Living dangerously in Indonesia?Posted: December 10, 2009
Image by DVIDSHUB via Flickr
According to the Australian Government’s Department of Foreign Affairs and Trade, it seems that anyone considering travel to Indonesia should immediately change their plans. For those already in this dangerous country, it might be best to take the next flight out. This is because travelers heading to Indonesia could encounter earthquakes, tsunamis, floods, landslides, volcanoes, terrorist attacks, general crime, communal violence, shoddy local airlines, civil unrest, as well as both swine and bird flu. Not to mention the outbreak of rabies infected monkeys on Bali.
While most foreign governments issue similarly strong warnings, Indonesia still receives over six million visitors every year. With such a contrast between perilous warnings and millions of travellers, it can be hard to understand if your trip through the Indonesian archipelago will be a life threatening venture or a memorable holiday.
Take the risk of earthquakes, for example. On September 30, 2009 all hell broke loose in the West Sumatran province of Padang. A magnitude 7.6 earthquake struck the region shaking buildings to the ground, felling power lines, igniting fires, triggering landslides, and buckling roadways. The official death toll was 1,195 and included foreign nationals, many of them surfers on their way to the Mentawai Islands.
After the quake, foreign governments adjusted their advisories simply by listing the details of the quake amongst page after page of other potential risks. Some went a little further and offered advice. Australia suggested travellers contact their “tour operator to check whether tourist services have been affected” and the Brits suggested that travellers “check with your tour operator before travelling”.
While such advice is sensible, it does little to help understand or manage the risks.
For a first-hand assessment of on-the-ground conditions, I called a foreign correspondent who covered the aftermath of the Padang quake. He reported the level of infrastructure damage in Padang as a destroyed “building here, a building there, but unfortunately these buildings were main buildings in the city, like hotels, schools, a hospital”. He also had the following advice for travellers; “don’t stay in tall, medium-range hotels in Indonesia, they’re the ones most likely to collapse in a quake because there’s a good chance they were not built in accordance to any building code”.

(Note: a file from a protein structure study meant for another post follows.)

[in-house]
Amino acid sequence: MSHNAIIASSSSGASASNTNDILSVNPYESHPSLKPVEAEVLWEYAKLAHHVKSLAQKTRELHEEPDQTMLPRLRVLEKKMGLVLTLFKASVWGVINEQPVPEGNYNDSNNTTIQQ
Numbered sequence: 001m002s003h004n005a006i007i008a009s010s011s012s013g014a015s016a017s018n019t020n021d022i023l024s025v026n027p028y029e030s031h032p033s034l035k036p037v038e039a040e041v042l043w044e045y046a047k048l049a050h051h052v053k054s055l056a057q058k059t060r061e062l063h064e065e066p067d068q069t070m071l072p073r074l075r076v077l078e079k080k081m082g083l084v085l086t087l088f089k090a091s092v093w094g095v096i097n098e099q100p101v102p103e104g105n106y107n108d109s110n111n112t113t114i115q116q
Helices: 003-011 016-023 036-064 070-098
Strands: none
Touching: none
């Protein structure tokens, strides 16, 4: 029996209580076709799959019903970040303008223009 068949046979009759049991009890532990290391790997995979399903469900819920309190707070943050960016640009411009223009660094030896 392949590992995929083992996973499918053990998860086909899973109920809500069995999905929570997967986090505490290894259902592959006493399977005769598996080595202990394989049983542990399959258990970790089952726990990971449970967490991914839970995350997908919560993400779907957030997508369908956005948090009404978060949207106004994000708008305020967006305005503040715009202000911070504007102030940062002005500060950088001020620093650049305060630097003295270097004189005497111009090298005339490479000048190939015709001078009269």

It might be best to observe such advice. Earthquakes are a fact of life because Indonesia’s 17,500 islands straddle the edges of the Pacific, Eurasian, and Australian tectonic plates. As these plates jostle against each other, they unleash enormous geophysical violence which results in powerful earthquakes and deadly tsunamis.
While the number and frequency of quakes is a serious concern, it should simply persuade travellers to take a more proactive approach to managing their risks. Among the volumes of warnings that foreign governments issue, comes some practical advice. The Americans, in reference to the Padang quake, urged their nationals to “inform family or friends directly of their welfare and whereabouts”.
What’s happening where you are?
One way to proactively manage such risks is to use Journeywatch’s new social networking feature (http://www.journeywatch.com). Simply signup for free and you are able to post updates on your trip and plot your location on the world map. Friends and family can follow your updates and will know specifically where in the world you are. In the case of the Padang quake, consular officials from various embassies had set up temporary offices in order to assist their nationals. Should friends and family have concerns and contact your embassy, they will have a specific date and location to reference which can help put consular officials in contact with you should there be a genuine emergency.
Ultimately, earthquakes – like traffic accidents, food poisoning, and even the outbreak of rabies on Bali – are the unlikely but real dangers of travelling. Using common sense and proactively managing the risks is the best way to ensure your travels are safe. Taking terrorism as an example, while it is not possible to predict the location and time of a future attack, by looking at past trends the traveller can make an educated judgment about places that are vulnerable and then avoid such places.
If you still worry about the volume of travel warnings issued by foreign governments, the following anecdote from a recent meeting with the chargé d’affaires of a Western embassy might put things in perspective.
Amongst the usual talk of local politics, I brought up the topic of fearsome travel warnings and the chargé d’affaires smiled sheepishly and explained that they are obligated to provide a comprehensive summary of any risk their nationals might encounter. Then, with a cheeky smile, he cautioned me to be careful respiratory problems due to pollution levels and warned against getting a temporary henna tattoo, which are popular with tourists, as it might cause a rash.